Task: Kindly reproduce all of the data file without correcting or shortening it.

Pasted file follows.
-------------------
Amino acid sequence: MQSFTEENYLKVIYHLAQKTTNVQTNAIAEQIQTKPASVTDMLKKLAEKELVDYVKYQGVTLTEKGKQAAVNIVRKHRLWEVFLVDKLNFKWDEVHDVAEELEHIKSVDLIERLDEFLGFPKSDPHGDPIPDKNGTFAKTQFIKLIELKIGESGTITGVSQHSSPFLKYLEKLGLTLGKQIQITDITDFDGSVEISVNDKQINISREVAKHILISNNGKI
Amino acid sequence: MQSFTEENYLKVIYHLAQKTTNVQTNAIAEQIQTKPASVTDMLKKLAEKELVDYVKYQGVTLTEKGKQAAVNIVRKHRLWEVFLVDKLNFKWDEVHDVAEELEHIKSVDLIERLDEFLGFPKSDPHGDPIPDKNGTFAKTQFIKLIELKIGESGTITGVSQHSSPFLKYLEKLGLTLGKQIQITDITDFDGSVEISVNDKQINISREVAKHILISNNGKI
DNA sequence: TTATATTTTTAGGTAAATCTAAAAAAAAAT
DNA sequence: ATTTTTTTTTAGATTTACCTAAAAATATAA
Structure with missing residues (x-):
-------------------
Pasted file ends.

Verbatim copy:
Amino acid sequence: MQSFTEENYLKVIYHLAQKTTNVQTNAIAEQIQTKPASVTDMLKKLAEKELVDYVKYQGVTLTEKGKQAAVNIVRKHRLWEVFLVDKLNFKWDEVHDVAEELEHIKSVDLIERLDEFLGFPKSDPHGDPIPDKNGTFAKTQFIKLIELKIGESGTITGVSQHSSPFLKYLEKLGLTLGKQIQITDITDFDGSVEISVNDKQINISREVAKHILISNNGKI
Amino acid sequence: MQSFTEENYLKVIYHLAQKTTNVQTNAIAEQIQTKPASVTDMLKKLAEKELVDYVKYQGVTLTEKGKQAAVNIVRKHRLWEVFLVDKLNFKWDEVHDVAEELEHIKSVDLIERLDEFLGFPKSDPHGDPIPDKNGTFAKTQFIKLIELKIGESGTITGVSQHSSPFLKYLEKLGLTLGKQIQITDITDFDGSVEISVNDKQINISREVAKHILISNNGKI
DNA sequence: TTATATTTTTAGGTAAATCTAAAAAAAAAT
DNA sequence: ATTTTTTTTTAGATTTACCTAAAAATATAA
Structure with missing residues (x-):